Kentucky and North Carolina represent the pinnacle of college basketball and the rivalry between the Wildcats and the Tar Heels is so well-worn, there is an extensive Wikipedia page dedicated to its history.
It is undeniably beneficial to college basketball to have these two juggernauts clash on annual basis. UNC and UK played each other every season for the first 15 years of this century and have gone head-to-head a total of 37 times dating back to the 1920s.
They’ll meet up again on Dec. 17 at the CBS Sports Classic in Las Vegas. It’s a neutral-site game, which isn’t as good as an on-campus one, but at least the series is continuing.
But not for long, unfortunately. When it comes to optimal non-conference scheduling, college basketball can’t help but punch itself in the neck all the time.
Why does this have to be? Blame the ACC and the powers-that-be building up the ESPN-owned ACC Network. In an effort to maximize content, television advertising revenue and inventory, the ACC has made the business decision to go to 20 conference games beginning in 2019-2020, when the ACC Network is slated to roll out. Going to 20 intraleague tilts means two more than the current construction, meaning it’s two less non-conference games UNC has to worry about.
Roy Williams went on an ESPN podcast earlier this week and said because of this, the UK-UNC series is almost certainly going to end come 2019-2020.
“My feeling right now, and it could change by ’19, heck I could be fired by ’19,” Williams said, “but my feeling right now is to play our conference schedule, play one exempt event where you have really good teams, and other than that play home games to help out your revenue and help out your budget. My business manager, she drives me crazy because we play 15 or 16 home games, and she sees some other teams playing 20 or 21 or 22. That’s what she wants. She wants more revenue coming in. So right now that’s my thinking. … We have the ACC/Big Ten (Challenge) and that is not going to go away. So it’s 21 already scheduled and play one exempt event.”
Williams is right that he might not be coaching at UNC come 2019-2020. It would not surprise me at all if that happened to be the case. But playing 20 conference games is not his decision anyway. He said the league made the decision without even consulting the coaches in the league.
And when asked specifically if this 20-game authorization would put an end to UNC’s series with Kentucky, Williams said, “Oh yeah. … Why would I need to do that?”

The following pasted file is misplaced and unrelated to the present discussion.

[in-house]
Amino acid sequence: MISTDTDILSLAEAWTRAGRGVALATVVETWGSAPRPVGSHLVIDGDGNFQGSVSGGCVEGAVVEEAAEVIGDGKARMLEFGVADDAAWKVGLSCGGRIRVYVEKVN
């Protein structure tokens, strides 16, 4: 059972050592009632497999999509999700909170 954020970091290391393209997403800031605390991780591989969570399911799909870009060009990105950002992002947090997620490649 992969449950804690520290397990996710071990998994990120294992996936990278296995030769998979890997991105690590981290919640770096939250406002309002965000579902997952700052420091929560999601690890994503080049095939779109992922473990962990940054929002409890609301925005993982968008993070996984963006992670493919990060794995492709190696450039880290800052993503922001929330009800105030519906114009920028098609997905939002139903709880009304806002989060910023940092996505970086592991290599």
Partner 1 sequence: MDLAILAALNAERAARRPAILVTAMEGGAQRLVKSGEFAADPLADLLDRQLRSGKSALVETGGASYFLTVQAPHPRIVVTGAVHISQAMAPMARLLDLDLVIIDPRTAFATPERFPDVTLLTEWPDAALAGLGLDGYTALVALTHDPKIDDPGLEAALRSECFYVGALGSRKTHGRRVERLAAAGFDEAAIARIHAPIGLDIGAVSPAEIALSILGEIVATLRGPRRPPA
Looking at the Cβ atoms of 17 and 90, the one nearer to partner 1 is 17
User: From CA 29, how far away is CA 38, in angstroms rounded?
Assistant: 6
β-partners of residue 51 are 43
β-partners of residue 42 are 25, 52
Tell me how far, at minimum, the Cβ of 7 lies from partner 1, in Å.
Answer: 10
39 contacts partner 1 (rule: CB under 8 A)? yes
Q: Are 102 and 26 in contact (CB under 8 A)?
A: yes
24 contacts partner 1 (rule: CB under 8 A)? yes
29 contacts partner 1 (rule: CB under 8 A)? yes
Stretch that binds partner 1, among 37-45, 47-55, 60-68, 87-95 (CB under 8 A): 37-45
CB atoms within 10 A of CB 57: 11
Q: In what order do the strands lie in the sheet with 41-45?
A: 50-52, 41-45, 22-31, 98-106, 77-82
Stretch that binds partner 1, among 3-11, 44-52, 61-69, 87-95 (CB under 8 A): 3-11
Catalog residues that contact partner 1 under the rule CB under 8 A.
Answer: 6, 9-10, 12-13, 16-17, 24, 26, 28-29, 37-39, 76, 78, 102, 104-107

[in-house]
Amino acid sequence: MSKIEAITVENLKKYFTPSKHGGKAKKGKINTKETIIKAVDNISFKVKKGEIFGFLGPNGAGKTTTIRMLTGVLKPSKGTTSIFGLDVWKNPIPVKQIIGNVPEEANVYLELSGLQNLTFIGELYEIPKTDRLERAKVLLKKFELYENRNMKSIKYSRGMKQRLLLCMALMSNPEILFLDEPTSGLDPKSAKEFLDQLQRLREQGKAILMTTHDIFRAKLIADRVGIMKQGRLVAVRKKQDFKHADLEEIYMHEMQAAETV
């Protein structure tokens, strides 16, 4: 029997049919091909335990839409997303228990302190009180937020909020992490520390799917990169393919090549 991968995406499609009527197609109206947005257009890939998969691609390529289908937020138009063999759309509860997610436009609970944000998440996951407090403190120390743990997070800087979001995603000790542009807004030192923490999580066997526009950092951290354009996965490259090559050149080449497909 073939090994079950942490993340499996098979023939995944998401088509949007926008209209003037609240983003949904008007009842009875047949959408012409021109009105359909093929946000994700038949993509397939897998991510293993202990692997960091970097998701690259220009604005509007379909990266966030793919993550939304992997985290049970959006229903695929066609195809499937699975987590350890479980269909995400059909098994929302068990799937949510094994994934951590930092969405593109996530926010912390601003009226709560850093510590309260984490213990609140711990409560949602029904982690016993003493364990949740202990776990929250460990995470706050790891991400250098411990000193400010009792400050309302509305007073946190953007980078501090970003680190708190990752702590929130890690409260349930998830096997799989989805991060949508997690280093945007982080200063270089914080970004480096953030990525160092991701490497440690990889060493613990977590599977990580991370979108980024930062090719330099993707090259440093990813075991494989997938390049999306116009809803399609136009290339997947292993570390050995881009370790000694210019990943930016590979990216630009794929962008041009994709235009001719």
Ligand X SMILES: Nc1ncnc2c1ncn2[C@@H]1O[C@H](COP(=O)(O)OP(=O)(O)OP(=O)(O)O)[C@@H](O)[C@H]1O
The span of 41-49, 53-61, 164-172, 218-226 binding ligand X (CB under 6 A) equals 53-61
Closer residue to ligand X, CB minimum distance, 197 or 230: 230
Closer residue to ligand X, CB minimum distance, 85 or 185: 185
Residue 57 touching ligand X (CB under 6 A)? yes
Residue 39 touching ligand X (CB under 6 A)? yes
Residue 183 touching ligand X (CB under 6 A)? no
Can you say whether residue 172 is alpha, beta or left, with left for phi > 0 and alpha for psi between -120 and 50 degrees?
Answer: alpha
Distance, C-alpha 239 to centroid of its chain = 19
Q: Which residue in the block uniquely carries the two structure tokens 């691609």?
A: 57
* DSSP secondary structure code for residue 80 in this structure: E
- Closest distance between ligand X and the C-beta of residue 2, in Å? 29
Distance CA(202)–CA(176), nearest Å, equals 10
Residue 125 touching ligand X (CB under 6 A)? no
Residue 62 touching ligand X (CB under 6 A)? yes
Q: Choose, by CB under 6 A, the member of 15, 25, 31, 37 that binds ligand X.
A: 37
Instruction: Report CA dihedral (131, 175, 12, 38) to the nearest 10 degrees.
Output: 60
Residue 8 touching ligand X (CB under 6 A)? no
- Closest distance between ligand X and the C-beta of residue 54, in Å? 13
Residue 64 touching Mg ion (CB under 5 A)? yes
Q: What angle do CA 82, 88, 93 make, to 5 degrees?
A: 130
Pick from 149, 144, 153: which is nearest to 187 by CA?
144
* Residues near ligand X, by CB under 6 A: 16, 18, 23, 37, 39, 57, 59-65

There’s no “need,” so to speak, but let’s break this down really quickly. North Carolina already plays games annually against Duke and NC State. Because of its stature, it will also be guaranteed at least a home game — and a road game — against two of the league’s best on a yearly basis, whether those teams are Louisville, Syracuse, Virginia, Notre Dame, you name it.
So UNC will get another home game and another road game. Those games could come against average-or-below teams in a given season. If a home-and-home was to be scheduled between UK and UNC going forward, both programs — and college basketball on the whole — would still benefit. Is it necessary for Carolina’s profile to continue the series? No, it’s not.
But having a 20-game schedule shouldn’t automatically take games like that off the table. If it’s about revenue, UNC will still get it if it wants to hold a home-and-home in perpetuity with UK. That shouldn’t be hard to pull off, and in most years that game would be a top-10 non-conference game in the sport, easily.
Williams has made a habit of scheduling relatively difficult slates, being unafraid to go on the road. It’s one of his best traits as a coach. He’s never run from that stuff. The ACC going to 20 games gives all those coaches an easy out on scheduling tougher opponents. Carolina’s on a different level, though. It can still schedule four or five lesser opponents and home and still make room for UK.
UNC, by the by, leads the series 23-14. Why give up when you’re ahead?
Source: CBS Sports Headlines / North Carolina shouldn’t give up on series vs. Kentucky due to ACC adding games